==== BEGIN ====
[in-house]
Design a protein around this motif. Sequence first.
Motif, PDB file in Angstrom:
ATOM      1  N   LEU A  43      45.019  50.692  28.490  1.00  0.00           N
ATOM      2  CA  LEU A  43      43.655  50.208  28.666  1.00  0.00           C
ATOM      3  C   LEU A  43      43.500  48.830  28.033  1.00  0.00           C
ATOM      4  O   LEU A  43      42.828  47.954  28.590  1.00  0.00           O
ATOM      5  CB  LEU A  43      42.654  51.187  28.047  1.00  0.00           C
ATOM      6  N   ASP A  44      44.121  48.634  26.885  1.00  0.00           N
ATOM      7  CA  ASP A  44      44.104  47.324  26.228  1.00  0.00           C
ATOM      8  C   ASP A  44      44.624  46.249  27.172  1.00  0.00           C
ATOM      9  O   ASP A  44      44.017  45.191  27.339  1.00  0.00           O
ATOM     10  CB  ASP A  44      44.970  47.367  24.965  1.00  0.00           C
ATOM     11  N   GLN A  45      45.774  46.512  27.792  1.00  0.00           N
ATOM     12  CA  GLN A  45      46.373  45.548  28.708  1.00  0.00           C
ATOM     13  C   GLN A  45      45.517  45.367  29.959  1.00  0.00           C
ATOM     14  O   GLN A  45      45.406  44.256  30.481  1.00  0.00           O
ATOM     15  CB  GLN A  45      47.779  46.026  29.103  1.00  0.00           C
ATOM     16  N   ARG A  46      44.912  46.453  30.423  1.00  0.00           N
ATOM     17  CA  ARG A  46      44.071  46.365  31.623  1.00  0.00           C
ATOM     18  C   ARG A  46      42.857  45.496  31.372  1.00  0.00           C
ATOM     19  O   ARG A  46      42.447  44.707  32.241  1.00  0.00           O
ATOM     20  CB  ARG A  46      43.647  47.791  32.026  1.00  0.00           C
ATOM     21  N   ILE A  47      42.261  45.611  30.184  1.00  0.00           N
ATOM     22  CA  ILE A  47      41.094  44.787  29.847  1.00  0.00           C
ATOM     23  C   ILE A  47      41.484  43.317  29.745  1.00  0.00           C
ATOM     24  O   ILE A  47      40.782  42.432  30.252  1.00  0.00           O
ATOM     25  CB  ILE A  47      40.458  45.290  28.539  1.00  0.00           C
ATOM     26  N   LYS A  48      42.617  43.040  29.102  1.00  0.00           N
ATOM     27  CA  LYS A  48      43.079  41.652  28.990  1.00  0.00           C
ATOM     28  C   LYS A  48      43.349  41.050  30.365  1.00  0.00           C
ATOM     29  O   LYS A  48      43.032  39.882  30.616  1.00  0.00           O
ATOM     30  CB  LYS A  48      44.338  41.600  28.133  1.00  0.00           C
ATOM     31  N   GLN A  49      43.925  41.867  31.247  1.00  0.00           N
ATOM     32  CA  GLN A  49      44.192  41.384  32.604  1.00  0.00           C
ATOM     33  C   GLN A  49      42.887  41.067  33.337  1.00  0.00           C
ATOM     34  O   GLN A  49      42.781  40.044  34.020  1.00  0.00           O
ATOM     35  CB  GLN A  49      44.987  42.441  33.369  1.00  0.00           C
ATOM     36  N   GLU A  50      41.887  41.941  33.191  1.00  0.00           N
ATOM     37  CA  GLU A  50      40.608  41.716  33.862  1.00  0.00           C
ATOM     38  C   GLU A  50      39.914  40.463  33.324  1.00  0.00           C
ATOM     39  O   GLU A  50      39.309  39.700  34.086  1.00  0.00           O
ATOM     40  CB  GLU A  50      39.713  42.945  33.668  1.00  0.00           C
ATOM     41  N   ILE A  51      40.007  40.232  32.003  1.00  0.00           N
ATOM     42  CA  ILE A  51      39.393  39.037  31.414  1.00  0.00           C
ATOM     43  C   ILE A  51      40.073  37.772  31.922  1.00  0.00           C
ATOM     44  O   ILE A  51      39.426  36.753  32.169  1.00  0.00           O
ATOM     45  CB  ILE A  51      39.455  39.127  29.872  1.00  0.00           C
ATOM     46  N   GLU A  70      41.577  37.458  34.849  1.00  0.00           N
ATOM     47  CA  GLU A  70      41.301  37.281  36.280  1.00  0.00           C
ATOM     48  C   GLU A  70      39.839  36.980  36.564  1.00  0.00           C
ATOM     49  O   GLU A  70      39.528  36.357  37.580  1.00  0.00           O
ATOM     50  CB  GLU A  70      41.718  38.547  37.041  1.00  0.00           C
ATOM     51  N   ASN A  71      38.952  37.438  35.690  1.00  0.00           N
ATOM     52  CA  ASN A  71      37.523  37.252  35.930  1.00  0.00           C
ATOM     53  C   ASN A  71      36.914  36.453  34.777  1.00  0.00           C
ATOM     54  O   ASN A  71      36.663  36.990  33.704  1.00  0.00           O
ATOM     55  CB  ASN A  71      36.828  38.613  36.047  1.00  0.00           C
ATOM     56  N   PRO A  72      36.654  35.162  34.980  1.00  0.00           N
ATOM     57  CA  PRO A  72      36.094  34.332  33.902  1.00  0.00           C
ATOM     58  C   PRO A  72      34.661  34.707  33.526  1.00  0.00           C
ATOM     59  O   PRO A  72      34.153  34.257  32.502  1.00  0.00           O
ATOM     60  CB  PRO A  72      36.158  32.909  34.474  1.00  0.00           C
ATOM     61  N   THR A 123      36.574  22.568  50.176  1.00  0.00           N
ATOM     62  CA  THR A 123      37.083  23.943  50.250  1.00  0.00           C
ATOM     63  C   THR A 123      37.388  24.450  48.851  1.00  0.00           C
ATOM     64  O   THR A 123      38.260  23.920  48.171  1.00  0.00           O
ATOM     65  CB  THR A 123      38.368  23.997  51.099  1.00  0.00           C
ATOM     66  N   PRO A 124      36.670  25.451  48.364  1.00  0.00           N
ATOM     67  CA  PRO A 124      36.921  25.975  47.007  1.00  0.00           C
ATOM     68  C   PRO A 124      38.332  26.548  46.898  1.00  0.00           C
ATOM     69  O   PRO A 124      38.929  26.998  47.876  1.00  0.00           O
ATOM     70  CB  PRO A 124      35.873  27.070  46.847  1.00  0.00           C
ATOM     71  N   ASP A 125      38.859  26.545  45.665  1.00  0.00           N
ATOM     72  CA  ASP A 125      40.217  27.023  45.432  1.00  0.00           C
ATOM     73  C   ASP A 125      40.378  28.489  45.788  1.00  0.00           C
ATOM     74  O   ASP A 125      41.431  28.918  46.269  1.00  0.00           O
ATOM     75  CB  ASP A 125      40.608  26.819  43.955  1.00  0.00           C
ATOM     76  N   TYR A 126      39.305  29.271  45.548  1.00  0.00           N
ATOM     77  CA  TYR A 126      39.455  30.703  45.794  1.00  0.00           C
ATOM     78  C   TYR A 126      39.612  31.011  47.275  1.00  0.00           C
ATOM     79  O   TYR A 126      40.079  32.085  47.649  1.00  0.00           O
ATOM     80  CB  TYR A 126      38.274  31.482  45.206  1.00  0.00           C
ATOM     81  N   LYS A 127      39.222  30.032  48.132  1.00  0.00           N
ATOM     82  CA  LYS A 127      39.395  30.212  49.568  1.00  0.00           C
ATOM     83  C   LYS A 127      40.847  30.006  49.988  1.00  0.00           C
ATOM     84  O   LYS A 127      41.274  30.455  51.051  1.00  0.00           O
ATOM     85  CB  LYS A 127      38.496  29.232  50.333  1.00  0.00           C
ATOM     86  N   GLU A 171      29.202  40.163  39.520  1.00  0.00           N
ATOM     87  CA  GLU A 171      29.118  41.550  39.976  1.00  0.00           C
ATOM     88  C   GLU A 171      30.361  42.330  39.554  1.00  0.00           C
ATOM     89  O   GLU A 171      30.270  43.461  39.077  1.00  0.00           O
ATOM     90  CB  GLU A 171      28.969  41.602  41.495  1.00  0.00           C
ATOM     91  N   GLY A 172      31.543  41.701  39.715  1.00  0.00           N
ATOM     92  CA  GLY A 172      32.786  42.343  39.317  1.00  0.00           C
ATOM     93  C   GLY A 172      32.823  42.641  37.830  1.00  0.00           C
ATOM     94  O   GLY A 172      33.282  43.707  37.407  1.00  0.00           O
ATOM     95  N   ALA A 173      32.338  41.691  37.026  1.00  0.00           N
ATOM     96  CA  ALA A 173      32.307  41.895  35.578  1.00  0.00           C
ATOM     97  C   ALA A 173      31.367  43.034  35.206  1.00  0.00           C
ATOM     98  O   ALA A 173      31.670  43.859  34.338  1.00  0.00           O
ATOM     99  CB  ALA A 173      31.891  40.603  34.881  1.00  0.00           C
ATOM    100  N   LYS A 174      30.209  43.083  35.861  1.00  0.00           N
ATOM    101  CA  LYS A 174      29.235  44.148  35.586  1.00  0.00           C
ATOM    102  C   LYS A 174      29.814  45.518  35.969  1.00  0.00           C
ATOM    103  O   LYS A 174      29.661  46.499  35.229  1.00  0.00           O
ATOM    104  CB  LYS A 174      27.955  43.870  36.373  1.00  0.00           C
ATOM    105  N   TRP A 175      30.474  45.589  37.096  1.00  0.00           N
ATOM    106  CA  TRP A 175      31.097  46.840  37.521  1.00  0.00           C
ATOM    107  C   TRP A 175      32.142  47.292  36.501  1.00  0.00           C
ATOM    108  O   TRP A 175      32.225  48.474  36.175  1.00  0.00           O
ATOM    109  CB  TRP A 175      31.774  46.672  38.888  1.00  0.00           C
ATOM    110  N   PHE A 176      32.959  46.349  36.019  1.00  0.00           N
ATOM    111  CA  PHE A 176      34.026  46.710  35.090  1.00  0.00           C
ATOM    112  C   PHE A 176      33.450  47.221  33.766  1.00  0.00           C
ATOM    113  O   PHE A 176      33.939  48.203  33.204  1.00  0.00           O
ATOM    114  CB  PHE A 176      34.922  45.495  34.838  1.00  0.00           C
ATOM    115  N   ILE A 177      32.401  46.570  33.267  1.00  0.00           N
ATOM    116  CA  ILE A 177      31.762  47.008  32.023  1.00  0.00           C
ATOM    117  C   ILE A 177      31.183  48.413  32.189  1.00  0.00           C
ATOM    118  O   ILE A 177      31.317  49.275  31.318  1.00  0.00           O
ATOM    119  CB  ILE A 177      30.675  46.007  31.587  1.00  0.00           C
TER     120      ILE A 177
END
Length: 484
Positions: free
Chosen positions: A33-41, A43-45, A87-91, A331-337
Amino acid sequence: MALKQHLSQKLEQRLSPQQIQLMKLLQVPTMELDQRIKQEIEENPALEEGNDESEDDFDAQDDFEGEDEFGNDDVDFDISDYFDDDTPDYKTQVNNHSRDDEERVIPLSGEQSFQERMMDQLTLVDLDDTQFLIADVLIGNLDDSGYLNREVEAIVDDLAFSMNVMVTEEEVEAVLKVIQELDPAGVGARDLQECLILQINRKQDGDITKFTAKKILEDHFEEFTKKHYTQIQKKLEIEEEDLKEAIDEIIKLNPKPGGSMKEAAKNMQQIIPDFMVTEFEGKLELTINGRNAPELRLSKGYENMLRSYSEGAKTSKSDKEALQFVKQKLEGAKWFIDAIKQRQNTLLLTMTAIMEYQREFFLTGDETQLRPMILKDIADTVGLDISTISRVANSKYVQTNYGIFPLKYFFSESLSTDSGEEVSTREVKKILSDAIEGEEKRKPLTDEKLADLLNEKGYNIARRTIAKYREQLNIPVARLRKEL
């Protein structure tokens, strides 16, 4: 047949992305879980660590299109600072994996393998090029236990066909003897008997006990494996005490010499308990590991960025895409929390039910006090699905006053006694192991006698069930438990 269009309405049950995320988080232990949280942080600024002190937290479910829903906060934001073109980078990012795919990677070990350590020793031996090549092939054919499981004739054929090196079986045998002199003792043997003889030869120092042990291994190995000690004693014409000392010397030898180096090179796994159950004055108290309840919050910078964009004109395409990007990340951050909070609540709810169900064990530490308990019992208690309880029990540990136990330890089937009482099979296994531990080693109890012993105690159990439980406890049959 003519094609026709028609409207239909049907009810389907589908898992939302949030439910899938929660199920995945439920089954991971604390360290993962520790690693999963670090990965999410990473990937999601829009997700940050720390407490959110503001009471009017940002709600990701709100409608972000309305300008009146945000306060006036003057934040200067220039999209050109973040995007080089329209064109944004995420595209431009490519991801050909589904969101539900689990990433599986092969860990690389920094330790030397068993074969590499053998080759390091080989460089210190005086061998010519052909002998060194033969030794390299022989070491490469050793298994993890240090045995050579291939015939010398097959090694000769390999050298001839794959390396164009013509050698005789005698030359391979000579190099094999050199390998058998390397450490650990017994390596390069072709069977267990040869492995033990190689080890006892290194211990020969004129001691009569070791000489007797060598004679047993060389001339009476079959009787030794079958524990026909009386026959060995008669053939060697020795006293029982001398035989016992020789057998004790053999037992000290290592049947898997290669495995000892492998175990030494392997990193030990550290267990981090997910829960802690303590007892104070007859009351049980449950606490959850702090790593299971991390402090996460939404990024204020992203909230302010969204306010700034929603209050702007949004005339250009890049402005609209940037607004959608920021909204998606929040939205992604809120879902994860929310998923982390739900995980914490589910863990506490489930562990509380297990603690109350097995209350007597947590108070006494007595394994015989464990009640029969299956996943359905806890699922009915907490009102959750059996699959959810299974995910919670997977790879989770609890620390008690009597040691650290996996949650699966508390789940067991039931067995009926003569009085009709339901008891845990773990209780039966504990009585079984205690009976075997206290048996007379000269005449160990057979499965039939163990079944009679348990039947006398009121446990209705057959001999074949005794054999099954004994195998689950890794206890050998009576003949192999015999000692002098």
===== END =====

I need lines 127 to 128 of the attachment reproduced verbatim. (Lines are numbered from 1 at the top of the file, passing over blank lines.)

Chosen positions: A33-41, A43-45, A87-91, A331-337
Amino acid sequence: MALKQHLSQKLEQRLSPQQIQLMKLLQVPTMELDQRIKQEIEENPALEEGNDESEDDFDAQDDFEGEDEFGNDDVDFDISDYFDDDTPDYKTQVNNHSRDDEERVIPLSGEQSFQERMMDQLTLVDLDDTQFLIADVLIGNLDDSGYLNREVEAIVDDLAFSMNVMVTEEEVEAVLKVIQELDPAGVGARDLQECLILQINRKQDGDITKFTAKKILEDHFEEFTKKHYTQIQKKLEIEEEDLKEAIDEIIKLNPKPGGSMKEAAKNMQQIIPDFMVTEFEGKLELTINGRNAPELRLSKGYENMLRSYSEGAKTSKSDKEALQFVKQKLEGAKWFIDAIKQRQNTLLLTMTAIMEYQREFFLTGDETQLRPMILKDIADTVGLDISTISRVANSKYVQTNYGIFPLKYFFSESLSTDSGEEVSTREVKKILSDAIEGEEKRKPLTDEKLADLLNEKGYNIARRTIAKYREQLNIPVARLRKEL